SUPREME COURT OF MISSOURI
) ) ) ) ) ) ) ) ) Robert E. Fast, M.D., et al., Appellants, vs. F. James Marston, M.D., Respondent.
APPEAL FROM THE CIRCUIT COURT OF BUCHANAN COUNTY Honorable Weldon C. Judah, Judge Dr. Robert Fast appeals a summary judgment entered in favor of Dr. James Marston on Dr. Fast’s petition for indemnity against Dr. Marston. The judgment is affirmed. FACTS In 1997, Dr. Marston and Dr. Fast performed a surgical procedure on Kimberly Black. In 2003, another physician discovered that a surgical sponge had been left in the surgical site. Black filed a medical malpractice suit against Fast, Marston, St. Joseph OB-GYN, Inc., and Heartland Regional Medical Center. Prior to trial, Marston and Heartland Regional Medical Center settled with Black. In return for the settlement, Black released Marston from further liability. Fast and St.
Joseph OB-GYN proceeded to trial. The jury entered a verdict for Black and assessed damages at $223,000. The jury apportioned 100 percent of the fault to Marston and none to Fast. Fast appealed the judgment. While the appeal was pending, Fast filed an action seeking indemnity from Marston. Fast asserted he was entitled to indemnification because the jury found him vicariously liable for Marston’s negligence. Marston contended that he was discharged from liability under section 538.230.3, RSMo 2000,1 and the release executed between him and Black. The circuit court entered summary judgment in favor of Marston. Fast appeals. ANALYSIS Appellate review of summary judgment is de novo. ITT Commercial Fin. Corp. v. Mid-Am. Marine Supply Corp., 854 S.W.2d 371, 376 (Mo. banc 1993). Summary judgment is appropriate where the moving party has demonstrated, on the basis of facts as to which there is no genuine dispute, a right to judgment as a matter of law. Id. The movant bears the burden of establishing a legal right to judgment and the absence of any genuine issue of material fact required to support the claimed right to judgment. Id. at 376-81. I. Ripeness In his first point on appeal, Fast argues that his claim for indemnity was ripe for adjudication notwithstanding the pending appeal in the underlying suit. Fast is correct.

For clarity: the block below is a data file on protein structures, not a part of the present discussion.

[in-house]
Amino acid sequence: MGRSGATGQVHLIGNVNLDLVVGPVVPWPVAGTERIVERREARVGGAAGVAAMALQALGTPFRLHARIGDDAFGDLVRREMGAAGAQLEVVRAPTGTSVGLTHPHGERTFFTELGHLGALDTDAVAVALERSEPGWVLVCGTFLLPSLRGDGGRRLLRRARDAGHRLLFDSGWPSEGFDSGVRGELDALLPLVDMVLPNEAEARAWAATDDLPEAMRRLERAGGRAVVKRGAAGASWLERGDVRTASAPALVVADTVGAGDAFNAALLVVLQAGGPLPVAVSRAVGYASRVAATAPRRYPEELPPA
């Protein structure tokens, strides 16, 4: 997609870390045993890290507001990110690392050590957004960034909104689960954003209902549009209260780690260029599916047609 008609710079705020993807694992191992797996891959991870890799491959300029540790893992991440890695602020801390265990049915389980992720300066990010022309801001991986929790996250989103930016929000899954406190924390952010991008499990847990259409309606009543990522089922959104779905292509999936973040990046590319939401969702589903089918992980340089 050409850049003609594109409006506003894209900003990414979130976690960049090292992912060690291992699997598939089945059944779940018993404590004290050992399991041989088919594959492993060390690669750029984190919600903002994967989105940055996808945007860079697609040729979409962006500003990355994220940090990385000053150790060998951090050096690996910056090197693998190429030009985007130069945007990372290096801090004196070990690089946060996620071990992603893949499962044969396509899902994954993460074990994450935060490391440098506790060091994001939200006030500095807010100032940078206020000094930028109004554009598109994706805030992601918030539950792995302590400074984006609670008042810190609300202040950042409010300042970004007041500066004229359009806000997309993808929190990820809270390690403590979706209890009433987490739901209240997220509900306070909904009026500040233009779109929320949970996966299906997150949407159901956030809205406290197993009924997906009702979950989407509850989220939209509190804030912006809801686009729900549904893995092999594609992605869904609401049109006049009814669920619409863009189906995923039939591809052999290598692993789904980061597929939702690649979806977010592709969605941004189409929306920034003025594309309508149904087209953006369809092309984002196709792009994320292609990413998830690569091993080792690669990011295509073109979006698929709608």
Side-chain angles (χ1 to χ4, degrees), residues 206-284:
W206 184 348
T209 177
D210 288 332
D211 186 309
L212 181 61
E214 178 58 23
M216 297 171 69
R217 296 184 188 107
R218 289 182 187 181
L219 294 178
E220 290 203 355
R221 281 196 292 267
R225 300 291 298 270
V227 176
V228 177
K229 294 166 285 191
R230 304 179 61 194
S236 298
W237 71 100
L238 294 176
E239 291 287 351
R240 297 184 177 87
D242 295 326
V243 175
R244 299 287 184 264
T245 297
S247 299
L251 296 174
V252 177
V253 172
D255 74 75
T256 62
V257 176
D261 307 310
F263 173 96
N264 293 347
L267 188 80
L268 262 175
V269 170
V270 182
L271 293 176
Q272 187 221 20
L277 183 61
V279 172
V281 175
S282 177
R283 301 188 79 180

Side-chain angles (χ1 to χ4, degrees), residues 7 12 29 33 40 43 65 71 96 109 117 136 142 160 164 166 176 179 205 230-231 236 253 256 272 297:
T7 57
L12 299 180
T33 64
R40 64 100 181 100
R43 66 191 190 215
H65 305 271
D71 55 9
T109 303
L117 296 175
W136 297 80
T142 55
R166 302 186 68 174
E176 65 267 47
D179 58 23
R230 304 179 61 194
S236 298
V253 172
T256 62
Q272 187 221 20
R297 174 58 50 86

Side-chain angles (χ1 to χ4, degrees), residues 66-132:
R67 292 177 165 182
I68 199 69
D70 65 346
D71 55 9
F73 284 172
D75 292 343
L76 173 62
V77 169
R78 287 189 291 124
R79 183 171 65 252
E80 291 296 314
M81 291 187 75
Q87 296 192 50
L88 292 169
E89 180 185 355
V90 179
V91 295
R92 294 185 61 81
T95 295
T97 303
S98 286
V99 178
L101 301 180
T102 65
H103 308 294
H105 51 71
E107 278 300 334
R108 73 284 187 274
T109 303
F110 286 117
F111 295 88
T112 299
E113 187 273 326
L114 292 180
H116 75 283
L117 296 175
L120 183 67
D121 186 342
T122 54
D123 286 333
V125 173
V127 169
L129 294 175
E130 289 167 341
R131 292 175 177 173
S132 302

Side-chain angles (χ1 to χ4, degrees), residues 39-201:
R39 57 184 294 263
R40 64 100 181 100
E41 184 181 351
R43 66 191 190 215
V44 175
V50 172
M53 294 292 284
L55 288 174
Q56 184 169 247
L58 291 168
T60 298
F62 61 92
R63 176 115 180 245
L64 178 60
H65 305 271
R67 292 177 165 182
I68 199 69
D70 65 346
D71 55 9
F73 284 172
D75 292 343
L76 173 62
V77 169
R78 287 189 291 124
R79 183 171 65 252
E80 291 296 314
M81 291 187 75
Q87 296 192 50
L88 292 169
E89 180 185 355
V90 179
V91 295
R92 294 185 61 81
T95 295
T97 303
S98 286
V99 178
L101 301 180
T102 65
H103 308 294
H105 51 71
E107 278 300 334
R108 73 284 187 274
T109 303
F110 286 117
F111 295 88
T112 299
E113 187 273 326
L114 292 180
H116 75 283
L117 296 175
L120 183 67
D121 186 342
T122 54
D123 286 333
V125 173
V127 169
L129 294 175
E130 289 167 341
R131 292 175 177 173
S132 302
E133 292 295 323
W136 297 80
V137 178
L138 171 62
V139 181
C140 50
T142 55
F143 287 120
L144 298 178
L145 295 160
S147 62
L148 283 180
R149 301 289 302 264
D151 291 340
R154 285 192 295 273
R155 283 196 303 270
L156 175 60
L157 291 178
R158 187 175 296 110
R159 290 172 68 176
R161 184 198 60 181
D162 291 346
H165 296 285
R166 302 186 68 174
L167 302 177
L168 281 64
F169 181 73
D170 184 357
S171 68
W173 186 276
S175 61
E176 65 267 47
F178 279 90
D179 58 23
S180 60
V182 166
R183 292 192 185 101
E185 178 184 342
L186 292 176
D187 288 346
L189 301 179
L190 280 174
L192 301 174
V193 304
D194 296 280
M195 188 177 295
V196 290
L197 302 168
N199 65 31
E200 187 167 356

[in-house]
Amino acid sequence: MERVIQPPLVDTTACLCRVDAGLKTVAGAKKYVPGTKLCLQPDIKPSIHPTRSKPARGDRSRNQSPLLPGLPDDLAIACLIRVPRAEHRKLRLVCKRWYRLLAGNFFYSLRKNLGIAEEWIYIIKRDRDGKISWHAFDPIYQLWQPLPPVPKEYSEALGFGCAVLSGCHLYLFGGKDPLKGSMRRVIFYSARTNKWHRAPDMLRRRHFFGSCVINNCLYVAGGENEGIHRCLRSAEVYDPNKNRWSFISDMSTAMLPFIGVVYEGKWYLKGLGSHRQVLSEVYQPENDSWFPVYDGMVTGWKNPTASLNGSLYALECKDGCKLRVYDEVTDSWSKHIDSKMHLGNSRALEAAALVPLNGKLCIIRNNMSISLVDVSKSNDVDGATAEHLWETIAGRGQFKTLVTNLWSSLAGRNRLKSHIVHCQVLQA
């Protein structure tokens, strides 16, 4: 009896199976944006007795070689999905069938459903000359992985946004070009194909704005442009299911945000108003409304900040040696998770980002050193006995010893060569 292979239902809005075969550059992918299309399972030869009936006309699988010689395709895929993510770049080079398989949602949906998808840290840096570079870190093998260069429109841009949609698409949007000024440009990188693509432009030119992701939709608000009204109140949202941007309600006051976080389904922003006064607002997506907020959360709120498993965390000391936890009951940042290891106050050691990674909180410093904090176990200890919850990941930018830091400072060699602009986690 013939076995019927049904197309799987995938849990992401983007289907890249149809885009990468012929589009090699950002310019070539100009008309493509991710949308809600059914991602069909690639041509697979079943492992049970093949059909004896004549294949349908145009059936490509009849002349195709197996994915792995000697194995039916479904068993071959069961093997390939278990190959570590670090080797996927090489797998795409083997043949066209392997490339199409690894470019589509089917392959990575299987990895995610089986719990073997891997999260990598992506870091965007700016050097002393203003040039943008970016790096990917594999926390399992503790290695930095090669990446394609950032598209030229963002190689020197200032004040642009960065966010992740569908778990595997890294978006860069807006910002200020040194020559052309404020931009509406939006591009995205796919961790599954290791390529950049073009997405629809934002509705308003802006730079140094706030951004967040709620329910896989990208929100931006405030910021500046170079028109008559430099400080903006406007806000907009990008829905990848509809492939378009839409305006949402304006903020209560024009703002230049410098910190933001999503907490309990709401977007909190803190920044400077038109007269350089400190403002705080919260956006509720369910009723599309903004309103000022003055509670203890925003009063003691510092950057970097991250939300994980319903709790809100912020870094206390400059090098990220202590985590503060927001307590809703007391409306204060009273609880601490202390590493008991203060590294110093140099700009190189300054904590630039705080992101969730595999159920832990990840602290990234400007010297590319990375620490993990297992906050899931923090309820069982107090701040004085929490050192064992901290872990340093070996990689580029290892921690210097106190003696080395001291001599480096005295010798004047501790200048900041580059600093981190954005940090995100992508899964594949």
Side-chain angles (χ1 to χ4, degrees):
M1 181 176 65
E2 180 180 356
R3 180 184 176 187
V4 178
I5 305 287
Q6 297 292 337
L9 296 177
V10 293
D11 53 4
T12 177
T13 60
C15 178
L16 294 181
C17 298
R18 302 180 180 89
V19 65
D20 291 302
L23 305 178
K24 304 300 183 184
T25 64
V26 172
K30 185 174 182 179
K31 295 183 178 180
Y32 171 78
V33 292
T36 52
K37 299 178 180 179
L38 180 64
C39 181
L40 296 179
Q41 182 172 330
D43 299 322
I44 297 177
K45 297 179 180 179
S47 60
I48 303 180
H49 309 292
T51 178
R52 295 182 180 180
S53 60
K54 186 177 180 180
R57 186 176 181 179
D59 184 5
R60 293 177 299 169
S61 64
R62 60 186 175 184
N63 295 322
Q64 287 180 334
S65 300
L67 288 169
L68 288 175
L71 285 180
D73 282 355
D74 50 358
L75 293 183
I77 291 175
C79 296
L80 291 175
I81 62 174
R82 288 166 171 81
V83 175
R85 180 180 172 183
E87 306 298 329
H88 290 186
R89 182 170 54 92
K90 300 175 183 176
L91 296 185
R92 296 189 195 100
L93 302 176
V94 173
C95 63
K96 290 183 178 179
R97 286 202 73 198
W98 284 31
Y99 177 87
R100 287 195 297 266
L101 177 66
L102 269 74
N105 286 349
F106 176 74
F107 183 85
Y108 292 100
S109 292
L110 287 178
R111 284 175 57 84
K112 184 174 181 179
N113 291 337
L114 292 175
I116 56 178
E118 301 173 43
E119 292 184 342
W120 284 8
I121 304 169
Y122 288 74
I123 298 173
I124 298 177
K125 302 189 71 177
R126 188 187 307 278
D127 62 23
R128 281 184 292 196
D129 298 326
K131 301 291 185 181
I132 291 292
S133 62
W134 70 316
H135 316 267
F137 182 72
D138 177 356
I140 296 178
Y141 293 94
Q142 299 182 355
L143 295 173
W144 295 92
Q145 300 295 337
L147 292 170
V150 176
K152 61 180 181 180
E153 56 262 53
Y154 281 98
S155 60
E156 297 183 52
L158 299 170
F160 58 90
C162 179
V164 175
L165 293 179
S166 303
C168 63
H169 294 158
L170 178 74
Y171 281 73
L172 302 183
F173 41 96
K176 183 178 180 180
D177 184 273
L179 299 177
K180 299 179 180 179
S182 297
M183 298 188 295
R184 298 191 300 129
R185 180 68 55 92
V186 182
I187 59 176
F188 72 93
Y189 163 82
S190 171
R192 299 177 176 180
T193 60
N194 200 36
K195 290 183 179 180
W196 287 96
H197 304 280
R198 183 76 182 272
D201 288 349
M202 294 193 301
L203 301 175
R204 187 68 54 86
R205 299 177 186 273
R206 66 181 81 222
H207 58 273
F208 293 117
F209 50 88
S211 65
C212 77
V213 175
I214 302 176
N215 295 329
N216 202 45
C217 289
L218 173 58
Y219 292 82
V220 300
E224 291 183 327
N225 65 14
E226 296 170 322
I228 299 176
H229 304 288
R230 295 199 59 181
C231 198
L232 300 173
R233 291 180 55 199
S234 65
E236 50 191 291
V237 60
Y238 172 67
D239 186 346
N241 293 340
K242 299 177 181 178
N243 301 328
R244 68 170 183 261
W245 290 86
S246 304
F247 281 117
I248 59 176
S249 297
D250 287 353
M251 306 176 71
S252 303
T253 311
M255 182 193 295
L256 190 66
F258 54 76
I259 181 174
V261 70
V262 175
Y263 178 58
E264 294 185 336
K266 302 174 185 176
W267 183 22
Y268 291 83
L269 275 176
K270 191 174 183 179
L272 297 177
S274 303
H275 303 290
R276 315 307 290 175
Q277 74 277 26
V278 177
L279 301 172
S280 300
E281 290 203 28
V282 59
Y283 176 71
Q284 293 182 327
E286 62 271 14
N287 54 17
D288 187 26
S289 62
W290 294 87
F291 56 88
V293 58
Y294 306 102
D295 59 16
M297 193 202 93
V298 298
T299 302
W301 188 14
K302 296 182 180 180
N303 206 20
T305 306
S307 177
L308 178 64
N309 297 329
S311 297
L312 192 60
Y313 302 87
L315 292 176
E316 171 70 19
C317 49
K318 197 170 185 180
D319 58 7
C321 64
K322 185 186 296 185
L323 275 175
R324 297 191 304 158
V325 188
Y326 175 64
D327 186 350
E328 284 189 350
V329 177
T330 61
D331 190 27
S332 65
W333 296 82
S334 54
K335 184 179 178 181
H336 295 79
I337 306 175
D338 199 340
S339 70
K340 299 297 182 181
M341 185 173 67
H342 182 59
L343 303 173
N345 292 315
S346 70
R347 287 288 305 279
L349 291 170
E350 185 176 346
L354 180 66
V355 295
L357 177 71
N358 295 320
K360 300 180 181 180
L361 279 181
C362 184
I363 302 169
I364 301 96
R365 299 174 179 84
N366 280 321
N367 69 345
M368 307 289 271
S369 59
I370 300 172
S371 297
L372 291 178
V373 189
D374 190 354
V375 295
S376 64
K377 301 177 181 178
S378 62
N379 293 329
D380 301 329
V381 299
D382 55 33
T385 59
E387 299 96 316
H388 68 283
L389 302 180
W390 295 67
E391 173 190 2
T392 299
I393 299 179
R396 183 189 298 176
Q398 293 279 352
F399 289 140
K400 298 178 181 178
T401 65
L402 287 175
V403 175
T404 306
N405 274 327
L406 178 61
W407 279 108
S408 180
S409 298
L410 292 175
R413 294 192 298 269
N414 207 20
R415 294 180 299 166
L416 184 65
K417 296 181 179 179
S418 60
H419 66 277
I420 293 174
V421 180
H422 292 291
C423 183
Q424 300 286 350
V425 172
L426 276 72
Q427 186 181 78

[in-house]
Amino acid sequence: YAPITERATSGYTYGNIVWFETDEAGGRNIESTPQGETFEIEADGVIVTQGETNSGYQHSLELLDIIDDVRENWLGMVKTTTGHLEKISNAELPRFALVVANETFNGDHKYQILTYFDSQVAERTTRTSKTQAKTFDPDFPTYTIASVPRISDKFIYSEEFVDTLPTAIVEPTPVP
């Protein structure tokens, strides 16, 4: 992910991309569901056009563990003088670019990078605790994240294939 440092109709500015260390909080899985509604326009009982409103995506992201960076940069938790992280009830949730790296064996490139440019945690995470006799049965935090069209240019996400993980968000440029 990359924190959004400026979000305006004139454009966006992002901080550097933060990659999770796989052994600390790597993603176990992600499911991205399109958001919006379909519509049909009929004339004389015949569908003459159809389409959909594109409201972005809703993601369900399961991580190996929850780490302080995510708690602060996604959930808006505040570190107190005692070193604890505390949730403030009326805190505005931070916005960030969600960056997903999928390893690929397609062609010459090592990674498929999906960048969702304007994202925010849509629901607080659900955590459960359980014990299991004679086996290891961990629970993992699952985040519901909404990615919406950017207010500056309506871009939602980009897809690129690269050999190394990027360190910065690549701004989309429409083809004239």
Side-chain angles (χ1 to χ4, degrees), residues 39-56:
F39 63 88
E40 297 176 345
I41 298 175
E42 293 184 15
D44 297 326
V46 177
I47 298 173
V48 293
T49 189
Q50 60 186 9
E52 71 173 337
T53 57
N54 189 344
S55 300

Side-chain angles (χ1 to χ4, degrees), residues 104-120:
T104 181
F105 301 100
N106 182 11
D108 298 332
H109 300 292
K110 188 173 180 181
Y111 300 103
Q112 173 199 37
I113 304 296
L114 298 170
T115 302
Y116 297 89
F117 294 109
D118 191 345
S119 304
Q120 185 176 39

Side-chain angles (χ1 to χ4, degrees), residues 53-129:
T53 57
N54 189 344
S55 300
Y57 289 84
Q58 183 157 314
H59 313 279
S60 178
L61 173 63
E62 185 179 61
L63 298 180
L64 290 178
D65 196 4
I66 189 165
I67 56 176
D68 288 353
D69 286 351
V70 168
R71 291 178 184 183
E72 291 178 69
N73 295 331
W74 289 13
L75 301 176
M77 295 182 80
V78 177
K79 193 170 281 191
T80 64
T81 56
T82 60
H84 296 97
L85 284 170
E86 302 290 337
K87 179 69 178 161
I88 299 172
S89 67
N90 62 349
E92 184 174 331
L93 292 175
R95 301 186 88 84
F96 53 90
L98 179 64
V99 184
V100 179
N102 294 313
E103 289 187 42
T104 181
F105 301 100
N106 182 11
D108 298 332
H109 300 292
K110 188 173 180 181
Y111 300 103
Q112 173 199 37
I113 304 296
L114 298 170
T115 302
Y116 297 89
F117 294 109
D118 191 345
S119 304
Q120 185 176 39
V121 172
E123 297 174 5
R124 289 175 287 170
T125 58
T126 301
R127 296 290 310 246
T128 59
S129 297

All statutory references are to RSMo 2000 unless otherwise specified.
A claim for indemnity is ripe for adjudication when the defendant has suffered a judgment and liability has attached. Hemme v. Bharti, 183 S.W.3d 593, 598 (Mo. banc 2006) (citing Safeway Stores, Inc. v. City of Raytown, 633 S.W.2d 727, 731 (Mo. banc 1982)). The defendants liability becomes fixed and established upon entry of judgment in the underlying suit; therefore, an appeal of the underlying judgment does not bar a suit for indemnity. Glidewell v. S.C. Mgmt., Inc., 923 S.W.2d 940, 960 (Mo. App. 1996). Fast’s action for indemnity against Marston was properly before the circuit court because a judgment had been entered against him. II. Section 538.230.3 Fast’s second point on appeal is that section 538.230 bars any recovery against him in the medical malpractice suit because the jury found him to be without fault. He also argues that the circuit court improperly applied the release provisions of section 537.060 to his detriment. Section 538.230 specifically “addresses the effect of a settlement by one of several defendants in a medical malpractice case.” Scott v. SSM Healthcare St. Louis, 70 S.W.3d 560, 568 (Mo. App. 2002). The statute “applies only to actions against healthcare providers.” Hewlett v. Lattinville, 967 S.W.2d 149, 151 (Mo. App. 1998). The effect of a settlement in other civil actions is governed by section 537.060, which, by its own terms, has no application in cases premised upon vicarious liability. Mana v. Park Lane Medical Center, 753 S.W.2d 310, 314 (Mo. App. 1988). Section 538.230, therefore, is the applicable statute in this case. Section 538.230.3 provides that: